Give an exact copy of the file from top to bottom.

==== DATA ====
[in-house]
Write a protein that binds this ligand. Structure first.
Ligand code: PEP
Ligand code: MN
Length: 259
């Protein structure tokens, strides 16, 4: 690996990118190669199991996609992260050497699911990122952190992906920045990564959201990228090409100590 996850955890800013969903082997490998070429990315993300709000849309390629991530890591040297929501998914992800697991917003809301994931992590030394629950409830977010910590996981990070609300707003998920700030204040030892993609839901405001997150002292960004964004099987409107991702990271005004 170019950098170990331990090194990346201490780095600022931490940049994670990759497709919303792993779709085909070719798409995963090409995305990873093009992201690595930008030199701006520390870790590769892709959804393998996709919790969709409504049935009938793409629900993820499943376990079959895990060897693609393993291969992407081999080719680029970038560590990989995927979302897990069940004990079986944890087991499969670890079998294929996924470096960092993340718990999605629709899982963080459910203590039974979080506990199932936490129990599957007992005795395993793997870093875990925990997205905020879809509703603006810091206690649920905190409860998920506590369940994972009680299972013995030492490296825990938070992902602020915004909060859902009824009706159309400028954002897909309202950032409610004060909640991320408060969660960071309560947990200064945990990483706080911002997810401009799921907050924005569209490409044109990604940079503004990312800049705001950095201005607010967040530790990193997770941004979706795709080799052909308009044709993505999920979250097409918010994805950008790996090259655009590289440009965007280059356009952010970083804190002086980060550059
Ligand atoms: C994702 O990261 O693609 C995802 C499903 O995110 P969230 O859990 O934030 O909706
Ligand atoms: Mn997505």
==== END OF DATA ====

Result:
[in-house]
Write a protein that binds this ligand. Structure first.
Ligand code: PEP
Ligand code: MN
Length: 259
């Protein structure tokens, strides 16, 4: 690996990118190669199991996609992260050497699911990122952190992906920045990564959201990228090409100590 996850955890800013969903082997490998070429990315993300709000849309390629991530890591040297929501998914992800697991917003809301994931992590030394629950409830977010910590996981990070609300707003998920700030204040030892993609839901405001997150002292960004964004099987409107991702990271005004 170019950098170990331990090194990346201490780095600022931490940049994670990759497709919303792993779709085909070719798409995963090409995305990873093009992201690595930008030199701006520390870790590769892709959804393998996709919790969709409504049935009938793409629900993820499943376990079959895990060897693609393993291969992407081999080719680029970038560590990989995927979302897990069940004990079986944890087991499969670890079998294929996924470096960092993340718990999605629709899982963080459910203590039974979080506990199932936490129990599957007992005795395993793997870093875990925990997205905020879809509703603006810091206690649920905190409860998920506590369940994972009680299972013995030492490296825990938070992902602020915004909060859902009824009706159309400028954002897909309202950032409610004060909640991320408060969660960071309560947990200064945990990483706080911002997810401009799921907050924005569209490409044109990604940079503004990312800049705001950095201005607010967040530790990193997770941004979706795709080799052909308009044709993505999920979250097409918010994805950008790996090259655009590289440009965007280059356009952010970083804190002086980060550059
Ligand atoms: C994702 O990261 O693609 C995802 C499903 O995110 P969230 O859990 O934030 O909706
Ligand atoms: Mn997505």